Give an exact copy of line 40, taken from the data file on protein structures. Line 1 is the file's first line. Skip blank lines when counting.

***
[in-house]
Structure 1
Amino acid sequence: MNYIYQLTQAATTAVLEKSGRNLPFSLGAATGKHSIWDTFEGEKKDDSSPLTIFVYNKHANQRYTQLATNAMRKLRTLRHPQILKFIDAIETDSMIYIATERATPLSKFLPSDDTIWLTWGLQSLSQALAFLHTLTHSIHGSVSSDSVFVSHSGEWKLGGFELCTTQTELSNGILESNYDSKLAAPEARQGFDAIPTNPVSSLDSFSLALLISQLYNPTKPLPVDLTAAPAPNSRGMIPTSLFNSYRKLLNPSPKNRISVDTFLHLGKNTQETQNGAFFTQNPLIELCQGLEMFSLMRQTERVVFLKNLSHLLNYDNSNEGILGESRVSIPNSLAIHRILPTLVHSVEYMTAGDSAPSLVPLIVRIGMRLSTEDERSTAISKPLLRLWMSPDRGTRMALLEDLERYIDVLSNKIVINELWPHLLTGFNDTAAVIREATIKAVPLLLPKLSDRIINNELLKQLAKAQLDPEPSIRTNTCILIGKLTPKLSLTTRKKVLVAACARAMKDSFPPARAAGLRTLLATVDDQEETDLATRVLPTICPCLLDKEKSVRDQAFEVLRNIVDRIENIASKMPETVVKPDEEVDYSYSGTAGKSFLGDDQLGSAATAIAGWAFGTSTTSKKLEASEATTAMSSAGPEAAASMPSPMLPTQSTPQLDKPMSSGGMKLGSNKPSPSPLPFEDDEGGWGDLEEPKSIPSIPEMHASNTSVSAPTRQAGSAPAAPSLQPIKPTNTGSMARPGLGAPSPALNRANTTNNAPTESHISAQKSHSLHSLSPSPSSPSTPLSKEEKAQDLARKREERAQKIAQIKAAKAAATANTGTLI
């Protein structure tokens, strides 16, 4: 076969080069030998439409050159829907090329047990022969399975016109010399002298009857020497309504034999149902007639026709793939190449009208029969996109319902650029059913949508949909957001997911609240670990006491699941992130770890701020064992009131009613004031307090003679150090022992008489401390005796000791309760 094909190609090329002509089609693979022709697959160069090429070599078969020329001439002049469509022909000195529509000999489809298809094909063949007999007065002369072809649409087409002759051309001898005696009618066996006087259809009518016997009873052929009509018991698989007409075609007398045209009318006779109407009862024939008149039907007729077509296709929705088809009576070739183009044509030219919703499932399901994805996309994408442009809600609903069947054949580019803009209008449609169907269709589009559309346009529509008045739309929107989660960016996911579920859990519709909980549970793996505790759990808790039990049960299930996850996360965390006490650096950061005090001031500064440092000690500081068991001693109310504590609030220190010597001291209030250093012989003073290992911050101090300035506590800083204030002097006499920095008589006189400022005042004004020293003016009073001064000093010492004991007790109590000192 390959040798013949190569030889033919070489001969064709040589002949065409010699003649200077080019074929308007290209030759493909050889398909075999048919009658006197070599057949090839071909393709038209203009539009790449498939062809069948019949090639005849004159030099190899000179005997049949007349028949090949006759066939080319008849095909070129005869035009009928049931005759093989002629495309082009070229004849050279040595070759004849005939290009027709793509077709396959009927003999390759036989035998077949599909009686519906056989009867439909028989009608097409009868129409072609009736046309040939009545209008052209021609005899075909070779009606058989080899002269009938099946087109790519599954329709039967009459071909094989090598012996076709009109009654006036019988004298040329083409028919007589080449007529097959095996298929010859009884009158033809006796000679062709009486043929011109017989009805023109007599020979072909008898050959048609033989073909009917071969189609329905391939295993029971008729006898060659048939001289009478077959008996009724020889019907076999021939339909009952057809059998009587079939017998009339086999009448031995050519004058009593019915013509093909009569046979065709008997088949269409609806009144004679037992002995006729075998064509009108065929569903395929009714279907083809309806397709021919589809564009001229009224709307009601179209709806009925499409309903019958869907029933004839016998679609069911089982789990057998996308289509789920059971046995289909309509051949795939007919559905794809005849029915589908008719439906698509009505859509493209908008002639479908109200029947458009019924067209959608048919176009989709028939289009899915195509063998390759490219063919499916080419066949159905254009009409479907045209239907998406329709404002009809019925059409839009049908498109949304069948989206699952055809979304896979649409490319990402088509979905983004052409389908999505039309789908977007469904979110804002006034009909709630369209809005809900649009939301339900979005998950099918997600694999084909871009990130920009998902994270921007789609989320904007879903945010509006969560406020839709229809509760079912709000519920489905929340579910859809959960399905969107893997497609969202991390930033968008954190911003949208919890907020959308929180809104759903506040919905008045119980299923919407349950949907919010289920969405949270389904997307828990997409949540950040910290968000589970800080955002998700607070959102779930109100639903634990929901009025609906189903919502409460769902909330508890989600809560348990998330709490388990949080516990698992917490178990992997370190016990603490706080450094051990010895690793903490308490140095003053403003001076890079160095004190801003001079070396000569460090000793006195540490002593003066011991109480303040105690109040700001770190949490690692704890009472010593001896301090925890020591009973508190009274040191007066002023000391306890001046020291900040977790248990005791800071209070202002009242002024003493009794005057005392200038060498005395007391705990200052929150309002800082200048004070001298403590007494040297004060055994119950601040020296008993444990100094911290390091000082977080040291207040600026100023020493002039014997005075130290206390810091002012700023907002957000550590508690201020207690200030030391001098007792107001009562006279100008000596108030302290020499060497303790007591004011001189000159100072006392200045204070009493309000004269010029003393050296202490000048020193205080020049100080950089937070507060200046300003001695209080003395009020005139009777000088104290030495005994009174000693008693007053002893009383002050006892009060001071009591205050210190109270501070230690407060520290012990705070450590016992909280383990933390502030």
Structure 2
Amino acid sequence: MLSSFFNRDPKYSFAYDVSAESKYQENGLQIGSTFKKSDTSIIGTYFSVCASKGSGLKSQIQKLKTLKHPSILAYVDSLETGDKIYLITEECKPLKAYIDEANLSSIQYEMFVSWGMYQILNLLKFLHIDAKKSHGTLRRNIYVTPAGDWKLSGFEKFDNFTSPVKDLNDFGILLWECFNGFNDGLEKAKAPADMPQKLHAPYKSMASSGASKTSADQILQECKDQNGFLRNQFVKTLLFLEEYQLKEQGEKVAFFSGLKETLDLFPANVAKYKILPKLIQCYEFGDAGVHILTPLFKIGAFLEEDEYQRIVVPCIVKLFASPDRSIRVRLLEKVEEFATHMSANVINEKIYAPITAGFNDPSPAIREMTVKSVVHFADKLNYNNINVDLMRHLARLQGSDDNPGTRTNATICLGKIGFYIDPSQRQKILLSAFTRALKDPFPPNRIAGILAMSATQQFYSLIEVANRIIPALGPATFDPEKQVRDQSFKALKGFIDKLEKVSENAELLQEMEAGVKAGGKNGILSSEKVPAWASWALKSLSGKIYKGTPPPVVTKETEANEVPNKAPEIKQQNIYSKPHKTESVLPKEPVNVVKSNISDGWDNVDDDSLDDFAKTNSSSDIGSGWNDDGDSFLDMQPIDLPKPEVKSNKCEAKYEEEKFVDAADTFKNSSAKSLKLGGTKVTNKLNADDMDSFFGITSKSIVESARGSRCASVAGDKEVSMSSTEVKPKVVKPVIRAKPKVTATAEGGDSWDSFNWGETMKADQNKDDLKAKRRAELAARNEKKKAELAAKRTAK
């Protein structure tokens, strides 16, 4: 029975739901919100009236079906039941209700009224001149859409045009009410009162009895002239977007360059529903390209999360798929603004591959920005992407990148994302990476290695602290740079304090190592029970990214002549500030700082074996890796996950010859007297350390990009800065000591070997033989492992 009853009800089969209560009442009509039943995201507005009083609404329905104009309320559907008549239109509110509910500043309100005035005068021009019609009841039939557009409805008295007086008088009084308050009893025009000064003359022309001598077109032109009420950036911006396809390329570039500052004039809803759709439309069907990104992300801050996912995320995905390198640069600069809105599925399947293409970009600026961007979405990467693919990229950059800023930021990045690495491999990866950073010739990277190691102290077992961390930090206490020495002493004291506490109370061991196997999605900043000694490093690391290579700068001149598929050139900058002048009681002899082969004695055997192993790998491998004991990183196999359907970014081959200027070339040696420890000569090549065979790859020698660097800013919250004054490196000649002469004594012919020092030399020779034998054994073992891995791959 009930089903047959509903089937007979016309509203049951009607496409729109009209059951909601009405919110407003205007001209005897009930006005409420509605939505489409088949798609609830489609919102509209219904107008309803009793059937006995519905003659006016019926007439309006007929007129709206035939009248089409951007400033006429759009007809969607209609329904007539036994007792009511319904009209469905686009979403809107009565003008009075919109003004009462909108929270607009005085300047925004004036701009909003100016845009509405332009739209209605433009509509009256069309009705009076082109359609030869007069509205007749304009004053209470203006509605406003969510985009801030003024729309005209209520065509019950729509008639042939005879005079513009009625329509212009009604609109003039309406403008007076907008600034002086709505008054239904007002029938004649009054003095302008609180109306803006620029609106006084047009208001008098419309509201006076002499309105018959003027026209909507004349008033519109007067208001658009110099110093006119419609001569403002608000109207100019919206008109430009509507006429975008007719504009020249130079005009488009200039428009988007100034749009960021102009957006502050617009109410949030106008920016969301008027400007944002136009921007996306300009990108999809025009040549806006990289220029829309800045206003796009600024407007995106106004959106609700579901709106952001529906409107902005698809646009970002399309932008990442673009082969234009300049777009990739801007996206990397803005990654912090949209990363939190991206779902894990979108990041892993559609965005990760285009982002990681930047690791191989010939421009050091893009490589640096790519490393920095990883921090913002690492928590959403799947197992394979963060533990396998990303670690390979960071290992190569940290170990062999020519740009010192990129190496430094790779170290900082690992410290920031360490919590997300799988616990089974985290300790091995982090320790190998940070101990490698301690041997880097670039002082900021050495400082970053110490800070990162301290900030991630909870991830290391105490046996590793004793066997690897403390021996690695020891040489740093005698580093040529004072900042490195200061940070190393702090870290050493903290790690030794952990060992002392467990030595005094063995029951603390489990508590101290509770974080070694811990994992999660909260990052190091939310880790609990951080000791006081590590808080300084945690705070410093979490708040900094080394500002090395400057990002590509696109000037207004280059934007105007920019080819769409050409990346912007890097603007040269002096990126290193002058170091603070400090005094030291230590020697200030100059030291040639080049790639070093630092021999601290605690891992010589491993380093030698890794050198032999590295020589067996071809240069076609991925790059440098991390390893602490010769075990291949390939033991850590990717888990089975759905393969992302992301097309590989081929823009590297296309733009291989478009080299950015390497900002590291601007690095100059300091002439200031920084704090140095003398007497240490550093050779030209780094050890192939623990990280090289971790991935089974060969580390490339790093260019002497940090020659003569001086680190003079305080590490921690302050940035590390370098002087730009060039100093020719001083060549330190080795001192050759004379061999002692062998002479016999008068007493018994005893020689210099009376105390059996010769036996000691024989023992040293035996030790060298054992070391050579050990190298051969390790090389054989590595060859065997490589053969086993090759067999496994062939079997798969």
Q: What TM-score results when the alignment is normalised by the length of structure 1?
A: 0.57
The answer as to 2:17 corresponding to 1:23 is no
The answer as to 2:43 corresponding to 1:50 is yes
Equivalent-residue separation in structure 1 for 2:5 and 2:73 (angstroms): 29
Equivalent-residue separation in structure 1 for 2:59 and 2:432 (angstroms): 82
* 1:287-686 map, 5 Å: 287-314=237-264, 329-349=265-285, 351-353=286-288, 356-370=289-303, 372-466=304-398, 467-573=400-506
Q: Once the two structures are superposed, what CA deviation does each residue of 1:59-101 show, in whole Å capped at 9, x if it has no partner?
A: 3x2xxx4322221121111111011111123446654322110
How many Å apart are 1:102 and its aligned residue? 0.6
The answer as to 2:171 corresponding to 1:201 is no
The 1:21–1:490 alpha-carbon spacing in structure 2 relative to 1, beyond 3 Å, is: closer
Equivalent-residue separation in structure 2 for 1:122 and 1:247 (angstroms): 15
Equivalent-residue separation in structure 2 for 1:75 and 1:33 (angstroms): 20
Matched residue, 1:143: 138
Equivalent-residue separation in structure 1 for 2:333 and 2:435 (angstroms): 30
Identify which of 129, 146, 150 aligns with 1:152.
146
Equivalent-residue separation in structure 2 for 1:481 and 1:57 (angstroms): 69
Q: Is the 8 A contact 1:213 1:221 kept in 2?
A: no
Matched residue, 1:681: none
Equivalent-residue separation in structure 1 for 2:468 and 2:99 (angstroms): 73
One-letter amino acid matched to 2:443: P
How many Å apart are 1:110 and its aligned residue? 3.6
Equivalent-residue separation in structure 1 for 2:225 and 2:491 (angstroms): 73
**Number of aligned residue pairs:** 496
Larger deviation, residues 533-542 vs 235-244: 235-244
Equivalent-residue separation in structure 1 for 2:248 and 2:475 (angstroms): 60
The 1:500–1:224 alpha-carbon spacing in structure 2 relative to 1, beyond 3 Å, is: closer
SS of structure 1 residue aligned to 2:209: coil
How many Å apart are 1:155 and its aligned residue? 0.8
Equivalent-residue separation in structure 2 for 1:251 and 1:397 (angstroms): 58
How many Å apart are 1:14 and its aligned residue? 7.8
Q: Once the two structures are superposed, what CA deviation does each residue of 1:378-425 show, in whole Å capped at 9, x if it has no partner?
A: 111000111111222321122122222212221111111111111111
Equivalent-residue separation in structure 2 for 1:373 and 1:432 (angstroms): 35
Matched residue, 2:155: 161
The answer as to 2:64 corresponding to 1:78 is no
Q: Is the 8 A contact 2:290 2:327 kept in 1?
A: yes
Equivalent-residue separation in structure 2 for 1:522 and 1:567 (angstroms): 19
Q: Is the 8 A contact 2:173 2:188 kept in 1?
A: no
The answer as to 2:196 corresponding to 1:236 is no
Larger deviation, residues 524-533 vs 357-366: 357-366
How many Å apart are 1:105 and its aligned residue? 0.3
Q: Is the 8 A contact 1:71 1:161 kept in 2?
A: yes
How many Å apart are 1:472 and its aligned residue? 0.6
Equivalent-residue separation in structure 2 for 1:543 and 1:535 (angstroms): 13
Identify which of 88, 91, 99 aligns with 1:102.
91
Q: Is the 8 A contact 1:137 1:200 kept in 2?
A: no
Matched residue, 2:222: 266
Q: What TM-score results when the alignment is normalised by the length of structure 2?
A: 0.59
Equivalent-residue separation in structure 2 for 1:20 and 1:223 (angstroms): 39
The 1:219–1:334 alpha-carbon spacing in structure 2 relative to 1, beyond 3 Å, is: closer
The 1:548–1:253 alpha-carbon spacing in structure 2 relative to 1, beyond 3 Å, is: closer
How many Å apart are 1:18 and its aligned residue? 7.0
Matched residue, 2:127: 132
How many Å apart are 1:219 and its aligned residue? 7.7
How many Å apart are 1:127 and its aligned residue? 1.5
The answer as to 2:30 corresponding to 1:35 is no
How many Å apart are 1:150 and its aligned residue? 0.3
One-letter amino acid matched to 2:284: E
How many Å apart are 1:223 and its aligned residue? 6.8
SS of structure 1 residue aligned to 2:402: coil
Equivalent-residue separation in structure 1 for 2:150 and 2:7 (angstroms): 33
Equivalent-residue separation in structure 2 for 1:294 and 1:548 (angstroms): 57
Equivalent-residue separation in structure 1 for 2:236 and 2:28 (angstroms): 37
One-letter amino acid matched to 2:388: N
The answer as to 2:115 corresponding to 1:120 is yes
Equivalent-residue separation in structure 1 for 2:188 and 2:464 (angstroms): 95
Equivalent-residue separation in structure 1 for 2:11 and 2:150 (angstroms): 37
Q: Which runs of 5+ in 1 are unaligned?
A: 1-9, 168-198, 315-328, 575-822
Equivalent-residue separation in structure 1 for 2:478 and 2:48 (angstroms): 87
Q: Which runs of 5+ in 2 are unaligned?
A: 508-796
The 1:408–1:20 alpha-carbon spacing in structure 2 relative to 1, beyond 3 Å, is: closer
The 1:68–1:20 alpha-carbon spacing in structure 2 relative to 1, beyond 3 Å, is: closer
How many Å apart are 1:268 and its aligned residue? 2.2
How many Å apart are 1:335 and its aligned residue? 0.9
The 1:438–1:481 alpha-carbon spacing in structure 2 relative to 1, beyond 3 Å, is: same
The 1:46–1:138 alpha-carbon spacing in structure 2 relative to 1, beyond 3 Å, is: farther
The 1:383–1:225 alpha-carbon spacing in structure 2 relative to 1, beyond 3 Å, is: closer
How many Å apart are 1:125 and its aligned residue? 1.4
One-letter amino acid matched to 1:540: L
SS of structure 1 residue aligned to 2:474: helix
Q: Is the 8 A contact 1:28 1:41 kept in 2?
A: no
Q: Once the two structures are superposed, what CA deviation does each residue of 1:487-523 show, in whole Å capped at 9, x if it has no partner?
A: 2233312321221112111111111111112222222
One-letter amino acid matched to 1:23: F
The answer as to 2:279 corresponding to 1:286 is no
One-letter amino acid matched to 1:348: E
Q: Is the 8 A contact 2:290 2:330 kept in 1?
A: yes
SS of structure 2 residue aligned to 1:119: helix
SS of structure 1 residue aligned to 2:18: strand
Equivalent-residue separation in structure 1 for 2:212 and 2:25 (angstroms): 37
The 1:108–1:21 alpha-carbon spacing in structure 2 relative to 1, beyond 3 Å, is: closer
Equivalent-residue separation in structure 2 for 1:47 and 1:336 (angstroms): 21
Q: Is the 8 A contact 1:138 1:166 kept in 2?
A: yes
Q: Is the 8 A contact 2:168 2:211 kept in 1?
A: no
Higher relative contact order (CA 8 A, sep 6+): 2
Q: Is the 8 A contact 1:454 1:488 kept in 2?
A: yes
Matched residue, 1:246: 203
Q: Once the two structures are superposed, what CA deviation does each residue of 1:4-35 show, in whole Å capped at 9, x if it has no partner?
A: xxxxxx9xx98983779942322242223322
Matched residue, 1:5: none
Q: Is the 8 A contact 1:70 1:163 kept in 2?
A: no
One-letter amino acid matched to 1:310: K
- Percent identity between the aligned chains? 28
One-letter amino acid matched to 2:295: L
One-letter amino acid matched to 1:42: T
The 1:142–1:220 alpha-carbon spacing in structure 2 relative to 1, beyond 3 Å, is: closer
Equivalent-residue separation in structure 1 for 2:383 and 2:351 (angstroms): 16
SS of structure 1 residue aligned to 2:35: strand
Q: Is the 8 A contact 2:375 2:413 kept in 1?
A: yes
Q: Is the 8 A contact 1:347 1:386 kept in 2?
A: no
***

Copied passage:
Equivalent-residue separation in structure 2 for 1:251 and 1:397 (angstroms): 58